In his inauguration address, President Biden echoed the growing calls for the unity of the nation to tackle the deep-seated partisanship and distrust at the heart of American institutions.
Former Speaker Newt Gingrich told The Cats Roundtable that he found Biden’s “theme of unity” were “shaped correctly” to this contentious moment in history, but questioned if Biden’s centrist approach belied deeper vindictiveness in the Democratic agenda.
“I think you draw a distinction between Biden the personality and kind of the Biden gang,” Gingrich explained. “Biden gang is way to the left of the Biden personality, and the fact is, right in the middle of giving a speech about unity, you have Nancy Pelosi impeaching President Trump, in what is a circus stunt, because you know Trump left office—you can’t impeach somebody who’s not there.”
Gingrich also noted Biden’s message of unity came the same day as he signed 17 executive orders, some of which were directly aimed at reversing many of the former White House’s policies.
Biden’s executive orders seemed sculpted as part of the larger culture war in America, such as the ending of President Trump’s 1776 commission, which according to Gingrich pushed back on liberal revisionism of history that attempts to paint slavery at the crux of America’s story.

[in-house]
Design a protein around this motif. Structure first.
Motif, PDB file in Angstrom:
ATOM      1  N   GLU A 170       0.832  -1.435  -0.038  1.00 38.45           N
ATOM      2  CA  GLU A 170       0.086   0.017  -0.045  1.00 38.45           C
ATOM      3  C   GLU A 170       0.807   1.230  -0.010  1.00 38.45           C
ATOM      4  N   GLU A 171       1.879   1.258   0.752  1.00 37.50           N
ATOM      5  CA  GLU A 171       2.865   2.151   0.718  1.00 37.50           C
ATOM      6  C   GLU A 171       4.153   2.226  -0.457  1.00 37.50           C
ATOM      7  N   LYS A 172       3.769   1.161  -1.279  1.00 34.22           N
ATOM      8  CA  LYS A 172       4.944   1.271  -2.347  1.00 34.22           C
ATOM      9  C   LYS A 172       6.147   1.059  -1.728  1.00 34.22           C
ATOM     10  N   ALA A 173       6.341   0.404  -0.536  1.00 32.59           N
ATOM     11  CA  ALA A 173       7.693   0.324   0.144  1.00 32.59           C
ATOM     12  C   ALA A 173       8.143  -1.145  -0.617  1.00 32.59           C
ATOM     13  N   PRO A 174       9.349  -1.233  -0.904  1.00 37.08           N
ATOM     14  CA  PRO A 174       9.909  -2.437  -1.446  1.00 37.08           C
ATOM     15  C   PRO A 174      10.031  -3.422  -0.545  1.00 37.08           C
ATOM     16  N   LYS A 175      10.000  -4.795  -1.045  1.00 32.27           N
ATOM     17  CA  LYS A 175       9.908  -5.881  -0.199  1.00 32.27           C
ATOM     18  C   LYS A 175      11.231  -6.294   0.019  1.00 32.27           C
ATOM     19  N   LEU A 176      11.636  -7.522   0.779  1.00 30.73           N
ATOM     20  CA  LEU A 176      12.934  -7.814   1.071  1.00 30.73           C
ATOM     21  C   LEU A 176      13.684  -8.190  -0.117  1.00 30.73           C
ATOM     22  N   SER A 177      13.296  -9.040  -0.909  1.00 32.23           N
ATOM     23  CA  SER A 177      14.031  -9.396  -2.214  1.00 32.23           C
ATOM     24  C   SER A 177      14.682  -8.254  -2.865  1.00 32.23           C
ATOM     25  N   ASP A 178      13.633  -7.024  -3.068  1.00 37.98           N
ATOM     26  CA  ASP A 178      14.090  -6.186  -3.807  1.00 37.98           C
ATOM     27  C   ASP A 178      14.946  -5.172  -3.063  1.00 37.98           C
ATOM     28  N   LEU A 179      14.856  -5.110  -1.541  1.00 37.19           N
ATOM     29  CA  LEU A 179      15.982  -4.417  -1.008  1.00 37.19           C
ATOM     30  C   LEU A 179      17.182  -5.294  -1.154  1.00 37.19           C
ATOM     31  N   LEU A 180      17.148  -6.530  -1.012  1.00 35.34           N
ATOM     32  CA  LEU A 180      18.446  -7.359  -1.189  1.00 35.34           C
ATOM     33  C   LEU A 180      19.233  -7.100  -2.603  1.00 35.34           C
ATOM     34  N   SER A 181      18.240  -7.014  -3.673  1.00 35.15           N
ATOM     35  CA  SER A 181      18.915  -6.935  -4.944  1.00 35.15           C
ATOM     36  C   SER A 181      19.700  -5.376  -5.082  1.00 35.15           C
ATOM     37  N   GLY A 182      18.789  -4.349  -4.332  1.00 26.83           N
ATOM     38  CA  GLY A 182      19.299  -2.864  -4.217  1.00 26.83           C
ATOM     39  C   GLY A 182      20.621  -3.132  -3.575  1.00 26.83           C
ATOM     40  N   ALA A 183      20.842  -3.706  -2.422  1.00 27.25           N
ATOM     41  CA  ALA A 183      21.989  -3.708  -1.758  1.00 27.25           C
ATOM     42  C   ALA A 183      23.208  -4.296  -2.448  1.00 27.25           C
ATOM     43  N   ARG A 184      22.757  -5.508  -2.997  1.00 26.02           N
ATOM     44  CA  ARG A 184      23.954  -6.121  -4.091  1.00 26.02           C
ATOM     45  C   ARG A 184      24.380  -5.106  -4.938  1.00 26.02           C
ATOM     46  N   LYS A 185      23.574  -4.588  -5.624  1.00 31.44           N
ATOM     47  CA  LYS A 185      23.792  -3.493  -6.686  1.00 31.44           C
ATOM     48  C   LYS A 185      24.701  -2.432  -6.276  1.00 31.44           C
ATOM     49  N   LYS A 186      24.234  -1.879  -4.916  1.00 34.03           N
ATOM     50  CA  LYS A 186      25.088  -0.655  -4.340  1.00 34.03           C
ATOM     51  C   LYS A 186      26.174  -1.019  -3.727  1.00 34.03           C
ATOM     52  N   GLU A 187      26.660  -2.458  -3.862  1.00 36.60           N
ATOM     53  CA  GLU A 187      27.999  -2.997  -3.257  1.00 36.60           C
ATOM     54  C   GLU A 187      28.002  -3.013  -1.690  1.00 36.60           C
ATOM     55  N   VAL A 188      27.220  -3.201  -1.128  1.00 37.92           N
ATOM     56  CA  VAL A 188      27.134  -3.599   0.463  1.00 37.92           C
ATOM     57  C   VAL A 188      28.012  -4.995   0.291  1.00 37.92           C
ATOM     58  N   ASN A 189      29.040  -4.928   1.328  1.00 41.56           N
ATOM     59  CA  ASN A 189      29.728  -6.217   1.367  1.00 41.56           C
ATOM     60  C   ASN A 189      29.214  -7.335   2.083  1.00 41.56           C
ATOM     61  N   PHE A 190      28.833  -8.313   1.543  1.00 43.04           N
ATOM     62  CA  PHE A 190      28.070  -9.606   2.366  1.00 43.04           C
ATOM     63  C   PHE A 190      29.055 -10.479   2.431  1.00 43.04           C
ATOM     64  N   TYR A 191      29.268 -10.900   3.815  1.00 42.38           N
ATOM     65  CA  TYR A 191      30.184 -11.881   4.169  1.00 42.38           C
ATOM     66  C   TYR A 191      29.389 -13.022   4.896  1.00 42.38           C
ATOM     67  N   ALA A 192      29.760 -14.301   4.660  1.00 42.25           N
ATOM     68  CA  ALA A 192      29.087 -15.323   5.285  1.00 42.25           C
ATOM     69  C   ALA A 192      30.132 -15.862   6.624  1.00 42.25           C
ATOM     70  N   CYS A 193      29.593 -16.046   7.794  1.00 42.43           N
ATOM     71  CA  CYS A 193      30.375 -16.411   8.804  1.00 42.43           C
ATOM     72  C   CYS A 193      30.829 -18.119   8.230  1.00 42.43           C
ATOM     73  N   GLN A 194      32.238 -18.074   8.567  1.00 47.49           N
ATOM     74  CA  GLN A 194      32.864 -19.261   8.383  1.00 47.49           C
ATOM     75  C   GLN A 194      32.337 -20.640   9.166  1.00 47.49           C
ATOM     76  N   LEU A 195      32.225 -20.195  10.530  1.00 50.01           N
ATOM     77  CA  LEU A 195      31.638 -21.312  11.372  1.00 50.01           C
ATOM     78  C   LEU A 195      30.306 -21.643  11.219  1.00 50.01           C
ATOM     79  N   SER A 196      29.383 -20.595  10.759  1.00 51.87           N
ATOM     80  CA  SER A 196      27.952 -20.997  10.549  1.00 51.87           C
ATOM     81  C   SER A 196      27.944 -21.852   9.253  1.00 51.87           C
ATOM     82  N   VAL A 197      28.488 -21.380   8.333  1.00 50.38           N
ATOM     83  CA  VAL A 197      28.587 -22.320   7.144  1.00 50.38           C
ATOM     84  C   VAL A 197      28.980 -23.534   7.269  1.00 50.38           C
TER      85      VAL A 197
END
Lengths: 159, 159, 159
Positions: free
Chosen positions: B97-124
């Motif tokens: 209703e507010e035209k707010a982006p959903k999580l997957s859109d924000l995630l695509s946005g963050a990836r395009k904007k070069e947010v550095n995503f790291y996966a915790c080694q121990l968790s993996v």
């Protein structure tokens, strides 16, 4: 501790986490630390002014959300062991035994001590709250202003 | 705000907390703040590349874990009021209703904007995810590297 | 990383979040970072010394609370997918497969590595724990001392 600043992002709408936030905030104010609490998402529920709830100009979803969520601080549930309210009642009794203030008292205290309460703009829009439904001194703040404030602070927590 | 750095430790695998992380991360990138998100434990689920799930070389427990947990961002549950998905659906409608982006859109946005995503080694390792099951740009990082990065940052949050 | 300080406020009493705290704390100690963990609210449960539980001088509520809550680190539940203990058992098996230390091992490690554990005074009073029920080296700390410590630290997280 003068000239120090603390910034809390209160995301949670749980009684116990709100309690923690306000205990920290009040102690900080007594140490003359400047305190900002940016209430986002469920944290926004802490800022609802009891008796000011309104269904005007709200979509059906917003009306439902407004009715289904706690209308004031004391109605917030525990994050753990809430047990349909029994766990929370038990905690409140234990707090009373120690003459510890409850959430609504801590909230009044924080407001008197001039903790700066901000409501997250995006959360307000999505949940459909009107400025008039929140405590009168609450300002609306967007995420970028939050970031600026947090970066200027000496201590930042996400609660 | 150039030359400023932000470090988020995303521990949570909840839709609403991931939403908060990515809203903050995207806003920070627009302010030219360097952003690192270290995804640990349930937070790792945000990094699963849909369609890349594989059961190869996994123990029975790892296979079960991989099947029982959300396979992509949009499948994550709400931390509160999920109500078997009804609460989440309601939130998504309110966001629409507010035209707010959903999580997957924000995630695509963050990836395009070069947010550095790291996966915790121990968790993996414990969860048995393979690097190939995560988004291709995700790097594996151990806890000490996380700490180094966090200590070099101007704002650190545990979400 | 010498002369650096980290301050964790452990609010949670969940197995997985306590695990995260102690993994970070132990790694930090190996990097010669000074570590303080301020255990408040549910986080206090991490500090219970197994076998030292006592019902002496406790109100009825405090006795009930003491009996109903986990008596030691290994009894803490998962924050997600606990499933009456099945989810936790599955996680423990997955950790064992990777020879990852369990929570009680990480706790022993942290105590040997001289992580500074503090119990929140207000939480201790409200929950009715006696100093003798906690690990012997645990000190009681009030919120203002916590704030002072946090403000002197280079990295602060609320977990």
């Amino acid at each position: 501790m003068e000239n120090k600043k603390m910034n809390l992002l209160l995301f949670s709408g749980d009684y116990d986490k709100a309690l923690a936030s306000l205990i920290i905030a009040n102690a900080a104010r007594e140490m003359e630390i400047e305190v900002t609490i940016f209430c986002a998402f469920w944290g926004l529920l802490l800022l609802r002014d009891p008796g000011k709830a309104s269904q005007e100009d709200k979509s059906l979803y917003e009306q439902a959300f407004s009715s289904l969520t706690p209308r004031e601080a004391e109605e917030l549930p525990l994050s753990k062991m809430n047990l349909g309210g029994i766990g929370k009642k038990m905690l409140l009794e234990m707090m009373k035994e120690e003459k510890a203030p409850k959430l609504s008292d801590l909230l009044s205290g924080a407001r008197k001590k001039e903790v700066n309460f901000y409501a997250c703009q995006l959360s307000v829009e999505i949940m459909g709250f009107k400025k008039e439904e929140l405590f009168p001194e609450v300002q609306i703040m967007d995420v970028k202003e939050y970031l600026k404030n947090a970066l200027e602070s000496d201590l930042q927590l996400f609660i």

The left are “threatened by having a commission which is in any way going back into real American history,” Gingrich told The Cats Roundtable, “and use real facts, which violates the Democratic party’s belief.”
The former Speaker also expressed a growing sentiment across the country that a return to Biden was a return to the Washington that brought about the rise of President Trump in the first place.
These include the larger media ecosystems larger avoidance of the Biden’s family foreign entanglements while championing the second, legally fraught impeachment of a former sitting president and fueling the conspiracy of Russiagate from the outset of the Trump’s administration.
Gingrich called for a “new 21st-century contract with America” that sought to rebuild trust in American institutions.
“I’m beginning to think of a new 21st-century contract with America, and my idea that getting us back to being positive,” Gingrich said matter-of-factly. “And there’s no reason that we should be mired down and feeling bad and feeling defeated, and we should instead be saying we’re going to go out and create an even better future for our children and our grandchildren, and we have the capacity to do it.”
Listen to the interview below